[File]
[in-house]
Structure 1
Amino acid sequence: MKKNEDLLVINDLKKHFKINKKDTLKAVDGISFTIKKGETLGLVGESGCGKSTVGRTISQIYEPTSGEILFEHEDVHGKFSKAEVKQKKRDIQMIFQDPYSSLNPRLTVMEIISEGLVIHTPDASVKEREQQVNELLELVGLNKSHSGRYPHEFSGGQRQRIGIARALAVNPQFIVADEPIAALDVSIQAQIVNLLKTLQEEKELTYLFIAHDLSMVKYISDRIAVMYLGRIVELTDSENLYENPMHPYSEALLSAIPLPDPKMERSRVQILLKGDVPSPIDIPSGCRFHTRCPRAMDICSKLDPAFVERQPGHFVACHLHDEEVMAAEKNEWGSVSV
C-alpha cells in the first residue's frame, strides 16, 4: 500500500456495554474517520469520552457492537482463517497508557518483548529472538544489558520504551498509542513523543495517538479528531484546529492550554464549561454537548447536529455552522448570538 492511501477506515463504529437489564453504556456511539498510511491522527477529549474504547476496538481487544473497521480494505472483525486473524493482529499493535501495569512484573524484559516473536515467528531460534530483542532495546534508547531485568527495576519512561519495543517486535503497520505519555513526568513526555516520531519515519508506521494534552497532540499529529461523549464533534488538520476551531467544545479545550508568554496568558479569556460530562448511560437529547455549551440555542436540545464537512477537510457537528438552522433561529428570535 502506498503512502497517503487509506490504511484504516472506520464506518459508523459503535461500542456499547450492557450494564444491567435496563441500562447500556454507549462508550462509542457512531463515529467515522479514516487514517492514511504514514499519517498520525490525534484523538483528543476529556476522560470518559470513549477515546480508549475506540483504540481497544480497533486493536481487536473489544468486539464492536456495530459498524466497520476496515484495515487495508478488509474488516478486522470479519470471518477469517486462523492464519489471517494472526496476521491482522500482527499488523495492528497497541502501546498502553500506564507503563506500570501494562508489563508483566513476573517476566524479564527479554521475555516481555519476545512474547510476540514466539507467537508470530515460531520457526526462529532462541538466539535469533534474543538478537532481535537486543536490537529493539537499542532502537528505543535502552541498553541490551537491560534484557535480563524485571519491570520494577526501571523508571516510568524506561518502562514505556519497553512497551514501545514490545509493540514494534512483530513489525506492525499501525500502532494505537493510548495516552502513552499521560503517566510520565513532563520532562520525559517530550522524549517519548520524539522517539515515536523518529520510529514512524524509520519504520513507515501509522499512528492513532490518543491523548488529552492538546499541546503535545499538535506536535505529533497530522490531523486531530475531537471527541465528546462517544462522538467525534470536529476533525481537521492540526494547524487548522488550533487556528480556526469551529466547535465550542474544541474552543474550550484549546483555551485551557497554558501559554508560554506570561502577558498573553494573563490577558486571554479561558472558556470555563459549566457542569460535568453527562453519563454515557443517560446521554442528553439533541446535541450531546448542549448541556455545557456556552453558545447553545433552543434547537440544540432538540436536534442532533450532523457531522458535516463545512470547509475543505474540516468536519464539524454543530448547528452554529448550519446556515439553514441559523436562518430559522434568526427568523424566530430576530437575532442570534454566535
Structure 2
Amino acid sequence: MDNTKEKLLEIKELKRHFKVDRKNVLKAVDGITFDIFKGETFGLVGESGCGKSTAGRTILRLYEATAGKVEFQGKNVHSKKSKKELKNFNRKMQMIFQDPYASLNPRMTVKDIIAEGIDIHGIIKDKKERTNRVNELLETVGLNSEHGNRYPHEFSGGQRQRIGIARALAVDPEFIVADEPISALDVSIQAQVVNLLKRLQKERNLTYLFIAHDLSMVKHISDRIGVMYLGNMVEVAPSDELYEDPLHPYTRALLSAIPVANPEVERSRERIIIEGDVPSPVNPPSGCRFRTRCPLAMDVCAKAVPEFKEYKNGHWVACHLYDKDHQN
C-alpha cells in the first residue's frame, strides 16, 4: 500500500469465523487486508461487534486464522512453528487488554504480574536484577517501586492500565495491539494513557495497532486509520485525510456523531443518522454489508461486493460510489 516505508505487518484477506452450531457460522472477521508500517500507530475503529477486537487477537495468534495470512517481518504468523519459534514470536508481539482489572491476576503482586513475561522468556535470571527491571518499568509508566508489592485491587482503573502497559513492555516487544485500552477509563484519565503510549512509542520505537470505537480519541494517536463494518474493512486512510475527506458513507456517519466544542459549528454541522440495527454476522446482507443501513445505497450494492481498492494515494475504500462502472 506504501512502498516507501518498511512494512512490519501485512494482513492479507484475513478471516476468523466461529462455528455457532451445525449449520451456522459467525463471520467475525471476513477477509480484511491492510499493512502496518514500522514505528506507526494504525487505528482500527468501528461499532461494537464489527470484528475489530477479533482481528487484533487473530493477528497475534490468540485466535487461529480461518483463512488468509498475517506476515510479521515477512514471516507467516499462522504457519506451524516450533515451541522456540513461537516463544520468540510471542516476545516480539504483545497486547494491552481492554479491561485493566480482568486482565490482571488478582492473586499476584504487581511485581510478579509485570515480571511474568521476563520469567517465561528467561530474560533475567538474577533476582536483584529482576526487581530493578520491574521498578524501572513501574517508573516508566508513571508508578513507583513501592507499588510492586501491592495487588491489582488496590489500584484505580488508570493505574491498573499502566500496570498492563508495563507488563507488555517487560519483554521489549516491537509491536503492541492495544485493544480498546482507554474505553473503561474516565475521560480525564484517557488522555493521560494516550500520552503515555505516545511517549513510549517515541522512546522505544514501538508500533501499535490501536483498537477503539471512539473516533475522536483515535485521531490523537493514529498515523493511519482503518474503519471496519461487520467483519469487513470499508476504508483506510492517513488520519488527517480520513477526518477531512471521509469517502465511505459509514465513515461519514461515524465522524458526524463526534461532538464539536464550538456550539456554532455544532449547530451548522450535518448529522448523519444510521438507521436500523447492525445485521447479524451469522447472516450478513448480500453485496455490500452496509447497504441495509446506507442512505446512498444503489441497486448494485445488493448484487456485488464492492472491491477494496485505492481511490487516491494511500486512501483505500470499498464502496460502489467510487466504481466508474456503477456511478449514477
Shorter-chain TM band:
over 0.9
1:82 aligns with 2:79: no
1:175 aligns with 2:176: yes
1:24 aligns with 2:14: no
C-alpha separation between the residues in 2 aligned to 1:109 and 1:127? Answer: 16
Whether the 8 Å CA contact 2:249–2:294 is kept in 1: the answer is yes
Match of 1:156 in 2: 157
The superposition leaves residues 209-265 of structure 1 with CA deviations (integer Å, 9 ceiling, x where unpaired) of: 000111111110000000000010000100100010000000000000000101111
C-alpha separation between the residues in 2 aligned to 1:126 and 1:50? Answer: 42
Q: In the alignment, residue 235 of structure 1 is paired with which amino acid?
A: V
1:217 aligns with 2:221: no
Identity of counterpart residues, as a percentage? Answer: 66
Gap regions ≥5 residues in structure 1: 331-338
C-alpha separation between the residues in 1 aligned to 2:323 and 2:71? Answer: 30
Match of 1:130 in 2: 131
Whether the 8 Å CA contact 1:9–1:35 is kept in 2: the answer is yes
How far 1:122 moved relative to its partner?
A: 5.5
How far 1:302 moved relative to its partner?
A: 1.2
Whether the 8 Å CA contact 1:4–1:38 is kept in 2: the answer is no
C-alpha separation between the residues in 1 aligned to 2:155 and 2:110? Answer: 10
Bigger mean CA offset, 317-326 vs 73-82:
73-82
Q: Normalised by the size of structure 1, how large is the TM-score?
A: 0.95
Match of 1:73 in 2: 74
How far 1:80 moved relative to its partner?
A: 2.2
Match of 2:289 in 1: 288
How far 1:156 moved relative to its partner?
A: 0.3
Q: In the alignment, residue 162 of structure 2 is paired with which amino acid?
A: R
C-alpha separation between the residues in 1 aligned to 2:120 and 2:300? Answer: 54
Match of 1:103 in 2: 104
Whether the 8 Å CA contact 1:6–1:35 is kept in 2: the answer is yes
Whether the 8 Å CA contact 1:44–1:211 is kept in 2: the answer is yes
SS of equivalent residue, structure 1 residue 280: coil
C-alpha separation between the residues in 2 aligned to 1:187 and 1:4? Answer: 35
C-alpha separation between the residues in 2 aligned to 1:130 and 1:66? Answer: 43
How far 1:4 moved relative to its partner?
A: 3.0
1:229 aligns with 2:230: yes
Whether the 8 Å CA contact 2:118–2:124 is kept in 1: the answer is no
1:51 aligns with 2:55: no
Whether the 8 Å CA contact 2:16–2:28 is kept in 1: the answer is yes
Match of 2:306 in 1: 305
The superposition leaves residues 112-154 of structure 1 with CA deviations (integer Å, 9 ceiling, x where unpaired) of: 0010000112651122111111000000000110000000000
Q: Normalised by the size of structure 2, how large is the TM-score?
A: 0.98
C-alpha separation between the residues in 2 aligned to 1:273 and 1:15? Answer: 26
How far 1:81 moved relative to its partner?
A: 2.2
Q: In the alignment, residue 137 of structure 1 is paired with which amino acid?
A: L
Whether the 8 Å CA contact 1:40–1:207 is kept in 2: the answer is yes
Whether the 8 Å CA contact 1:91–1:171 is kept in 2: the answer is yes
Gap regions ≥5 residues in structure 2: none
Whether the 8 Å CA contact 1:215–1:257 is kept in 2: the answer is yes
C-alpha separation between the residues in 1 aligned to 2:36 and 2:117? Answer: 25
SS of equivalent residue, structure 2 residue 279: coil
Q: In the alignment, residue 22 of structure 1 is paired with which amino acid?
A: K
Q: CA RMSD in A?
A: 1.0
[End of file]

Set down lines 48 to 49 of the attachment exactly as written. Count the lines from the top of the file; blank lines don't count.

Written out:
SS of equivalent residue, structure 1 residue 280: coil
C-alpha separation between the residues in 2 aligned to 1:187 and 1:4? Answer: 35